Christopher Walken in 1983's "The Dead Zone."

The Dead Zone November 10, 2018  


David Cronenberg



Christopher Walken

Brooke Adams

Herbert Lom

Martin Sheen









1 Hr., 43 Mins.

arly on in The Dead Zone (1983), a schoolteacher named Johnny (Christopher Walken) is involved in a freakish car accident. While driving home one night, after a date with his colleague and girlfriend, Sarah (Brooke Adams), a semi-truck flips just ahead of Johnny’s comparatively measly Volkswagen bug on a country road. Thanks to a vision-obscuring thunderstorm, he cannot swerve in time; the side of his car hits the rig, and


he flips over.


Miraculously, he doesn’t die. Johnny, though, will come to learn that death might have been preferable to post-accident life. Upon waking from a coma, which has lasted approximately five years, Johnny discovers that Sarah has gotten married, and recently gave birth. He has lost precious time with his parents, who are elderly. These are common, if distressing, developments after a forced, long-winded slumber.


But there is a ganache of surprise slathered on top of this cake of disappointment: Johnny also finds out that, if he touches someone’s hand, he can catch a glimpse of their future, or discover the truth about an uncertainty that’s been gnawing at the back of their mind. Shortly into the movie, Johnny informs his doctor (Herbert Lom) that his mother, whom the latter thought was long dead, is alive, for instance. Later, he will tell a young boy to avoid hockey practice: if he attends, he will fall through the ice and drown.


The Dead Zone, an adaptation of Stephen King’s 1979 novel of the same name, unrolls episodically. It is comparable to a television procedural: there is one overarching storyline, but undergirding it are several smaller ones. In the film, Johnny will help a small-town police department unearth the culprit behind a series of murders; act as a tutor, then savior, to a foredoomed, angsty rich boy; then help bring down a corrupted third-party senatorial candidate (a scenery-chewing Martin Sheen) whom Johnny discovers will become a totalitarian president if he does not interfere.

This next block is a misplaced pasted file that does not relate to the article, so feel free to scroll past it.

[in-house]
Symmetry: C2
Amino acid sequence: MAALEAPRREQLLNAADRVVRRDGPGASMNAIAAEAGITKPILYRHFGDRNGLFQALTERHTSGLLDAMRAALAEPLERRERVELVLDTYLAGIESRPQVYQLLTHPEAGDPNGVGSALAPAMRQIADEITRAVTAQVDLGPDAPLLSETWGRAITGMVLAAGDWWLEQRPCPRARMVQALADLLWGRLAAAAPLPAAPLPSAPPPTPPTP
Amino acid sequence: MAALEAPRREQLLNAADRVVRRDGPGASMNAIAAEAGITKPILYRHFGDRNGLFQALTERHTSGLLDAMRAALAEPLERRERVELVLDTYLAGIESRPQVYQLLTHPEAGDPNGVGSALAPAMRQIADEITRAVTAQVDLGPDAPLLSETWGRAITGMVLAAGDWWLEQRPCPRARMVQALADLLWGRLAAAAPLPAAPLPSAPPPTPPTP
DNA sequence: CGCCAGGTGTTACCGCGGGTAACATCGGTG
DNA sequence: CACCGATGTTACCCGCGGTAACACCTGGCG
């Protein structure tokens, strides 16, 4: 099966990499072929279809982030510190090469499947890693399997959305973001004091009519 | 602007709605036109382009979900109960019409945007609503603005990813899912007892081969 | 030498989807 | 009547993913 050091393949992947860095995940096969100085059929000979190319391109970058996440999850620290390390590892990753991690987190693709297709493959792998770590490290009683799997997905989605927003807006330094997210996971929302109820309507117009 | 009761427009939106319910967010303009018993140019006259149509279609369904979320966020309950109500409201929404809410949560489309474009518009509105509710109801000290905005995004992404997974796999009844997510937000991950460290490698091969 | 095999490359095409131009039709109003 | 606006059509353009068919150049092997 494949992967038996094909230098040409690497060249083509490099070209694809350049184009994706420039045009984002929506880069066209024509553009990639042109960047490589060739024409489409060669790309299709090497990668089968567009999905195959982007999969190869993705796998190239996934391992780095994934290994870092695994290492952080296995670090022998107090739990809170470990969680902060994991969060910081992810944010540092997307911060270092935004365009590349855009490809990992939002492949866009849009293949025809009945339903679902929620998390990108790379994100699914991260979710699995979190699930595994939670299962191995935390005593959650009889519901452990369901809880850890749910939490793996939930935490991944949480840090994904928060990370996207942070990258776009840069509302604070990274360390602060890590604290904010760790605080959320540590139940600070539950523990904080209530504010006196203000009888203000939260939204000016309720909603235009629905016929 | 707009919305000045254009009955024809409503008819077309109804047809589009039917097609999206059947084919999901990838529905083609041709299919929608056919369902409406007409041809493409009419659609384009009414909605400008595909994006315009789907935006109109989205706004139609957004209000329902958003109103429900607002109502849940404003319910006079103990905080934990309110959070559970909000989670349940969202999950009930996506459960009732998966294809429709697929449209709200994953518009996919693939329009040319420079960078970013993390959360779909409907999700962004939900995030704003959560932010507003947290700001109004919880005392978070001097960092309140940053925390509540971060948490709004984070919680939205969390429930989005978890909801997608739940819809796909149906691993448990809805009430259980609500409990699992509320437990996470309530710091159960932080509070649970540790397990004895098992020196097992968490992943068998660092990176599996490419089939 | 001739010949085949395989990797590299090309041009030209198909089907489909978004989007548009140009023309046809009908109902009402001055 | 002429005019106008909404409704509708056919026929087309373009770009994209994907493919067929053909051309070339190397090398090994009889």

The movie was competently written for the screen by Jeffrey Boam, who penned The Lost Boys (1987) and Indiana Jones and the Last Crusade (1989), and helmed by the Canadian oddball David Cronenberg. In line with the other pictures comprising his oeuvre, Cronenberg directs in his usual uncanny, sometimes-ghastly, but mostly muted style — which, per usual, makes it difficult to get engrossed. (Though he does a good job of combining the supernatural with the quotidian.) The film also features an efficient leading performance from the always-beguiling Walken, who simulates Johnny’s ever-present despondence with winning unflashiness.


But The Dead Zone, while working as an at-least-intelligent adaptation of a work written by a notoriously hard-to-adapt author, is mostly as dramatically flatlined as its macabre title. Its plot works better on the page — literal breaking-up via chapters make a spasmodic storytelling style flow. On the screen the material is rendered patchily and without much by way of urgency: just when a given subplot, or section, making up at least part of the ultimate storyline begins to spellbind, The Dead Zone moves onward.


Eventually, and unsurprisingly, the novel and 1983 movie would act as jumping-off points for a television series, which premiered in 2002, starred the quondam teen-movie star Anthony Michael Hall, and lasted for six seasons. I haven’t seen it, but I’m wont to believe it works better than the movie. This time-jumping story is too telegenic for the silver screen. C